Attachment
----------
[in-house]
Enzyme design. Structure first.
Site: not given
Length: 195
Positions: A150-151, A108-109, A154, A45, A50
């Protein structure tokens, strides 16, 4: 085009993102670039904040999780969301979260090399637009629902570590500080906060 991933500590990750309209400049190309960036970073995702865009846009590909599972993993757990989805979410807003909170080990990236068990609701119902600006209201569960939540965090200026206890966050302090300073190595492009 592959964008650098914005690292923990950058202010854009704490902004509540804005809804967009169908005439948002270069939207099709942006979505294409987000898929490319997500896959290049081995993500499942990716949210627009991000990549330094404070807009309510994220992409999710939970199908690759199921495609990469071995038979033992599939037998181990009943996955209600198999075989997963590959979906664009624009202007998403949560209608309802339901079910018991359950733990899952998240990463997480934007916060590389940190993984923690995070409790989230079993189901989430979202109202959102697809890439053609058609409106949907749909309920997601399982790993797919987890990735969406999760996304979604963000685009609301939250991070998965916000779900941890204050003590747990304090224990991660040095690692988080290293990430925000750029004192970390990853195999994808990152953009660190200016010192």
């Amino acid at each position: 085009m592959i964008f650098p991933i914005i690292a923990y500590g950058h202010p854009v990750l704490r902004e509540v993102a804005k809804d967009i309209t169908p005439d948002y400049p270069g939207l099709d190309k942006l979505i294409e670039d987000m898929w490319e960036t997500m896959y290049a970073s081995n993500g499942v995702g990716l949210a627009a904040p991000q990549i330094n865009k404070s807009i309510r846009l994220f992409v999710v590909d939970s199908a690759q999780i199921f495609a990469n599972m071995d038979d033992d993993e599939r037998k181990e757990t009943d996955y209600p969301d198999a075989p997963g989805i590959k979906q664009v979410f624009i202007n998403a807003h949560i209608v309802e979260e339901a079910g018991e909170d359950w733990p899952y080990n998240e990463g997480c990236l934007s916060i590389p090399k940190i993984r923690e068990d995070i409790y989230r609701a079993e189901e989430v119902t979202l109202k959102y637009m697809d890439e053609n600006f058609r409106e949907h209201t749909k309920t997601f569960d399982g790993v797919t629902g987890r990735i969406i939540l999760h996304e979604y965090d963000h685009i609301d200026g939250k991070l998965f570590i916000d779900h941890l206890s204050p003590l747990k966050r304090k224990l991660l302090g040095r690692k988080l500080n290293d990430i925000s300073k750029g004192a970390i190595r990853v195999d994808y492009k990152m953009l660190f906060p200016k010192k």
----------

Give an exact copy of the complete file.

[in-house]
Enzyme design. Structure first.
Site: not given
Length: 195
Positions: A150-151, A108-109, A154, A45, A50
């Protein structure tokens, strides 16, 4: 085009993102670039904040999780969301979260090399637009629902570590500080906060 991933500590990750309209400049190309960036970073995702865009846009590909599972993993757990989805979410807003909170080990990236068990609701119902600006209201569960939540965090200026206890966050302090300073190595492009 592959964008650098914005690292923990950058202010854009704490902004509540804005809804967009169908005439948002270069939207099709942006979505294409987000898929490319997500896959290049081995993500499942990716949210627009991000990549330094404070807009309510994220992409999710939970199908690759199921495609990469071995038979033992599939037998181990009943996955209600198999075989997963590959979906664009624009202007998403949560209608309802339901079910018991359950733990899952998240990463997480934007916060590389940190993984923690995070409790989230079993189901989430979202109202959102697809890439053609058609409106949907749909309920997601399982790993797919987890990735969406999760996304979604963000685009609301939250991070998965916000779900941890204050003590747990304090224990991660040095690692988080290293990430925000750029004192970390990853195999994808990152953009660190200016010192």
């Amino acid at each position: 085009m592959i964008f650098p991933i914005i690292a923990y500590g950058h202010p854009v990750l704490r902004e509540v993102a804005k809804d967009i309209t169908p005439d948002y400049p270069g939207l099709d190309k942006l979505i294409e670039d987000m898929w490319e960036t997500m896959y290049a970073s081995n993500g499942v995702g990716l949210a627009a904040p991000q990549i330094n865009k404070s807009i309510r846009l994220f992409v999710v590909d939970s199908a690759q999780i199921f495609a990469n599972m071995d038979d033992d993993e599939r037998k181990e757990t009943d996955y209600p969301d198999a075989p997963g989805i590959k979906q664009v979410f624009i202007n998403a807003h949560i209608v309802e979260e339901a079910g018991e909170d359950w733990p899952y080990n998240e990463g997480c990236l934007s916060i590389p090399k940190i993984r923690e068990d995070i409790y989230r609701a079993e189901e989430v119902t979202l109202k959102y637009m697809d890439e053609n600006f058609r409106e949907h209201t749909k309920t997601f569960d399982g790993v797919t629902g987890r990735i969406i939540l999760h996304e979604y965090d963000h685009i609301d200026g939250k991070l998965f570590i916000d779900h941890l206890s204050p003590l747990k966050r304090k224990l991660l302090g040095r690692k988080l500080n290293d990430i925000s300073k750029g004192a970390i190595r990853v195999d994808y492009k990152m953009l660190f906060p200016k010192k």